Workplace bullying is a global issue
- Jobs was a passionate genius for well-designed tools and for making those tools available to everyone
- Periodically, Jobs was a complete bully, prone to yelling, name-calling, and put-downs
- Nearly 25% of respondents report being bullied at some time in their careers. In the US, the number is 36%.
- In the US, over 49% were either targets of bullying or witnessed it.
- In 72% of the cases, bullying was done by someone who ranked higher in the organization than the targets.
- Solo harassers are the source of bullying 1/3 of the time. 2/3 of the time, there are multiple harassers.
- In the case of solo harassers, 60% of the time there is organizational tolerance of the bullying (lack of response from senior leaders, the harasser’s peers, HR, and even the target’s peers).
- When bullying was reported, the situation was resolved 31% of the time.
- When bullying was reported, no action was taken 45% of the time.
- First, make the conscious choice to create a high performing, values-aligned workplace. Leaders must agree to no longer tolerate bad behavior from anyone (including themselves). Once leaders decide that their company culture needs to be a safe, inspiring place of contribution and creativity, the next steps are easier to put into place.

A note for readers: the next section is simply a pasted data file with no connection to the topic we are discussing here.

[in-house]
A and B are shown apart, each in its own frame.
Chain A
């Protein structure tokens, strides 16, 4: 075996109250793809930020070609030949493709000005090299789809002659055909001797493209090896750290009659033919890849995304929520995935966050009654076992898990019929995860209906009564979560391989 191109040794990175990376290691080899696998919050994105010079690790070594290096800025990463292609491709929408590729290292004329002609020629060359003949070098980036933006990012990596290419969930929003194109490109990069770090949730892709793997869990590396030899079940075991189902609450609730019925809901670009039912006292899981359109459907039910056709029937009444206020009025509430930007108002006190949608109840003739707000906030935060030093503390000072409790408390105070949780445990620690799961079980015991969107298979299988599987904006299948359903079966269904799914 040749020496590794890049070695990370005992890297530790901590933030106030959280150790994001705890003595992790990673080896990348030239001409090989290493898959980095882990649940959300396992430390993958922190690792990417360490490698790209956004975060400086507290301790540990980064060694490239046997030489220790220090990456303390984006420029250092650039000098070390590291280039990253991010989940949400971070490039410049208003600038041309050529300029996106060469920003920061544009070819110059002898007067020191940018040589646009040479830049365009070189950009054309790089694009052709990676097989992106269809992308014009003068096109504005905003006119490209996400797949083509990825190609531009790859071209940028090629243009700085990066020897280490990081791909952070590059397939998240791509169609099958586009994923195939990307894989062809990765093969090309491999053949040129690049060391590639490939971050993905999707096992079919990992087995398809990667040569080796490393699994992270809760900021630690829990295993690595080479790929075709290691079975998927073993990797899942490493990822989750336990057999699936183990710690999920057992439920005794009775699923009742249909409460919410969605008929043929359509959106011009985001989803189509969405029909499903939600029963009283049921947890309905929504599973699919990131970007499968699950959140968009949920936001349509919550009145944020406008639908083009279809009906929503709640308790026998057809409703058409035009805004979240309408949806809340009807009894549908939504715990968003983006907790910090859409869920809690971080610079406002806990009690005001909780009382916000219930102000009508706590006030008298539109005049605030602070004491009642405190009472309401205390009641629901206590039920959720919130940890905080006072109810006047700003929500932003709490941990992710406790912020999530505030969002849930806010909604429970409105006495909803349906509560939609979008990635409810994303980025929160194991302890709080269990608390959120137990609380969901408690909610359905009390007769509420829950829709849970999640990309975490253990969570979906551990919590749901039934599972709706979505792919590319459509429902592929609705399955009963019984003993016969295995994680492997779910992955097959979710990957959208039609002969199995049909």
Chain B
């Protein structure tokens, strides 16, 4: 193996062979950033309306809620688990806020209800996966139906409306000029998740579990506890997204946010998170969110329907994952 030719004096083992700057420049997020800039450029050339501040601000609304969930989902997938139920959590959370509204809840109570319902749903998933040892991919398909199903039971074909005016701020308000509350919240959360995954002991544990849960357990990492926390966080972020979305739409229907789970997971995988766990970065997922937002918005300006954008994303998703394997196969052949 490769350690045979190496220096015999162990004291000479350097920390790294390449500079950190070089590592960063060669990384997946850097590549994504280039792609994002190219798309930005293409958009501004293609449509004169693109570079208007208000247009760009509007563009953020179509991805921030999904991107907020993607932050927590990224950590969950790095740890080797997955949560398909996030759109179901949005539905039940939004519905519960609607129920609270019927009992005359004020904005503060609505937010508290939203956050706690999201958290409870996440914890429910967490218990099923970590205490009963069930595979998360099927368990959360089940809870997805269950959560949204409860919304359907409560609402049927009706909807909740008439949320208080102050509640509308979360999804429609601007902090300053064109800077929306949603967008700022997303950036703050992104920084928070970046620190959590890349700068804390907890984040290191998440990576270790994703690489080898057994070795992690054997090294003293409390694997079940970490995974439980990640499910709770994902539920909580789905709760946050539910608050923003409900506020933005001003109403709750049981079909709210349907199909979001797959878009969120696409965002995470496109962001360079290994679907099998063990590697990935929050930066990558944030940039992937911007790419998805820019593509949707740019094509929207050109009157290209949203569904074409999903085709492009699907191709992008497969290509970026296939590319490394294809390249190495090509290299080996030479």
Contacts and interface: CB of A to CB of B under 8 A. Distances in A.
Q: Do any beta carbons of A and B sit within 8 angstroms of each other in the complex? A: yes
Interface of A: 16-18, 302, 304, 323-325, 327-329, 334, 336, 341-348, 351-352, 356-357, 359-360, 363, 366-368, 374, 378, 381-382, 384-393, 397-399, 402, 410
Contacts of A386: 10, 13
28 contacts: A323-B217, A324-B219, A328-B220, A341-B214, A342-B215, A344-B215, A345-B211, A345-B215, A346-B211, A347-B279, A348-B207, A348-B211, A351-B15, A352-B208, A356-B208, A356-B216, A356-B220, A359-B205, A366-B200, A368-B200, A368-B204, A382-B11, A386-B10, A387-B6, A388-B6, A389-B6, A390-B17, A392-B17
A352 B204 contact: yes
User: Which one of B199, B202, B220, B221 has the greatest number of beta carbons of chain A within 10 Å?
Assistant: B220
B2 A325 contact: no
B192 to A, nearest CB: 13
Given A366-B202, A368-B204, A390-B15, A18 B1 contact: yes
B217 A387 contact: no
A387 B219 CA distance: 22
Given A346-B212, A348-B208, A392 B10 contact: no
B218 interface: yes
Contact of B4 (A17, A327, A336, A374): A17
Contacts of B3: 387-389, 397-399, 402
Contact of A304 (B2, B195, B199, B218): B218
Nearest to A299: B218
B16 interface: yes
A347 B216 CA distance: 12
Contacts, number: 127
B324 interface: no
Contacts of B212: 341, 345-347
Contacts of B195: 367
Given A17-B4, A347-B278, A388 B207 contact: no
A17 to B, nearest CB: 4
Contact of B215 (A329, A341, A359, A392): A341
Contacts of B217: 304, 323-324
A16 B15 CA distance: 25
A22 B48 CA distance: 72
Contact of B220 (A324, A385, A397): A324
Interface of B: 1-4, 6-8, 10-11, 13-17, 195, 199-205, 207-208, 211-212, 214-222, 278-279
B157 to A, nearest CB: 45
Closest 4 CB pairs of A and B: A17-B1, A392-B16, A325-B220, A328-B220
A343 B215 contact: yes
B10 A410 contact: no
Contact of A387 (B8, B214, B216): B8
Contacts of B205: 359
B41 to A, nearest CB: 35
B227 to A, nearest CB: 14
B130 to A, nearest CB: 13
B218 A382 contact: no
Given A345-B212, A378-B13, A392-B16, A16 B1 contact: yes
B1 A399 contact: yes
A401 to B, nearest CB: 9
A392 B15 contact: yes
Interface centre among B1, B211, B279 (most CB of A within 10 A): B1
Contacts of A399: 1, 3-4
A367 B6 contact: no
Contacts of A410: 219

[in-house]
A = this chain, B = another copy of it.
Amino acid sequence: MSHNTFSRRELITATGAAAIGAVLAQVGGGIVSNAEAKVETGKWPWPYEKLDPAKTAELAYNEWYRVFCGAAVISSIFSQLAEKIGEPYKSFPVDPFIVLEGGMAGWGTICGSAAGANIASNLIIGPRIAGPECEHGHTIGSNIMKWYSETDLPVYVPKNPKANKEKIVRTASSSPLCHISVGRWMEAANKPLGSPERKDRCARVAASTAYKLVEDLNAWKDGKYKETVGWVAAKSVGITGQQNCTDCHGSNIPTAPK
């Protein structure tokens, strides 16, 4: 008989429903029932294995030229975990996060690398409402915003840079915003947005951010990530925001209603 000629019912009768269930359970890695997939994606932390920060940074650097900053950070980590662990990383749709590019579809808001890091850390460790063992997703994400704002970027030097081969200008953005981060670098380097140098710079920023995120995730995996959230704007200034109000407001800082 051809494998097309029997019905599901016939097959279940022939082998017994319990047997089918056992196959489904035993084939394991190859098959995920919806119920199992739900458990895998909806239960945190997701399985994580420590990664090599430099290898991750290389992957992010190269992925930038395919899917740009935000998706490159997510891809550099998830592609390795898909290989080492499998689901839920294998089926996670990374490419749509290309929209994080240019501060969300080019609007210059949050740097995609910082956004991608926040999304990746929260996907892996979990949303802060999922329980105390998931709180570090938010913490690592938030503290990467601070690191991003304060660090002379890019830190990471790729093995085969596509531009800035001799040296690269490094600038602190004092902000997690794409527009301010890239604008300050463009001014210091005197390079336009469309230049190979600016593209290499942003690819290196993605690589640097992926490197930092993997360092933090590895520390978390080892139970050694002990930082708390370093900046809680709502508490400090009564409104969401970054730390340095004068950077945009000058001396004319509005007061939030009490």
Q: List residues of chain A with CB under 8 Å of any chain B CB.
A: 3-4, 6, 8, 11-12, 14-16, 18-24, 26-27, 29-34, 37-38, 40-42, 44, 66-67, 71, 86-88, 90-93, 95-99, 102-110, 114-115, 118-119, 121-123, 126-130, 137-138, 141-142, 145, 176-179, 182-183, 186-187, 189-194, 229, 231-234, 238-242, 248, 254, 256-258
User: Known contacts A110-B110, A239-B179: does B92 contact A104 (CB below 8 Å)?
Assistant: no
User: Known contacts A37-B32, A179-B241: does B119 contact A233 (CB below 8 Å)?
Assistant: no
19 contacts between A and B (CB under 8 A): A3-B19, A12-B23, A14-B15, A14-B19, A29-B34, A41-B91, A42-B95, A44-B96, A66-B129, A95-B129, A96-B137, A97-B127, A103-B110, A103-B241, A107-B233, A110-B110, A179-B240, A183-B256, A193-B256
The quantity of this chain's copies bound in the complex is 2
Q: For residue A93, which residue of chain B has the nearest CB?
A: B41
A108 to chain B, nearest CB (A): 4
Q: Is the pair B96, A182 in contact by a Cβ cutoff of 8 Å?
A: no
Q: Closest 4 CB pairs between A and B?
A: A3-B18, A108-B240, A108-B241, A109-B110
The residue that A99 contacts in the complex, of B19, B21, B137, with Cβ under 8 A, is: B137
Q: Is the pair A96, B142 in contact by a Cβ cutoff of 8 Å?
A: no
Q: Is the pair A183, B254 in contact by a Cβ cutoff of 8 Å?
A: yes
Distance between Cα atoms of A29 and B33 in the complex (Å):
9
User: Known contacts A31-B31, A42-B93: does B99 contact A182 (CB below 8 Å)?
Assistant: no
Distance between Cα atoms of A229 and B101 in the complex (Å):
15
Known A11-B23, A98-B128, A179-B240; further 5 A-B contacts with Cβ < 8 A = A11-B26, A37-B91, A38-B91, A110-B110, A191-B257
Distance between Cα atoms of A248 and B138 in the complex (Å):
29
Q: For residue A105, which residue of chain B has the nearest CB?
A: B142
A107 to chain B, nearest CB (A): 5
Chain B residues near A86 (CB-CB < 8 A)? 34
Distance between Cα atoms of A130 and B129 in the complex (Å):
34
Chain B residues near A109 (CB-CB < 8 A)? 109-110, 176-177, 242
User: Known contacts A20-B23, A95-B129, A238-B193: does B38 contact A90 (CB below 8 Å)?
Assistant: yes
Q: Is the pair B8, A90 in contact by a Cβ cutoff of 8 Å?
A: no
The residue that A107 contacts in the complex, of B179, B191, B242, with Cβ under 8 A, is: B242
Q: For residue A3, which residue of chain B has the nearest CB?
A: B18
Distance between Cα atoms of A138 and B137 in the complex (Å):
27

NOTE: NOT deciding to create a safe workplace IS A DECISION that enables and tolerates workplace bullying.
- Second, create clear standards and expectations for both performance and values. Most organizations have performance standards reasonably well-defined. Too few organizations define values and behaviors. Leaders must describe tangible, observable, and measurable expectations for performance AND values, for all players in your organization.
- Third, hold all staff accountable for both performance and values. You have systems in place to measure performance, progress towards key metrics, etc. You must create systems to equally measure the demonstration of desired valued behaviors. Gather that data. Then praise those that exceed standards for BOTH performance and values and coach and redirect those that miss standards in EITHER performance and values. If, after coaching, folks miss the mark in either, lovingly SET THEM FREE.
Put these three steps into place and enjoy the significant shift to the high performance, values-aligned culture you desire.
What is your experience with workplace bullying? Share your insights in the comments section below.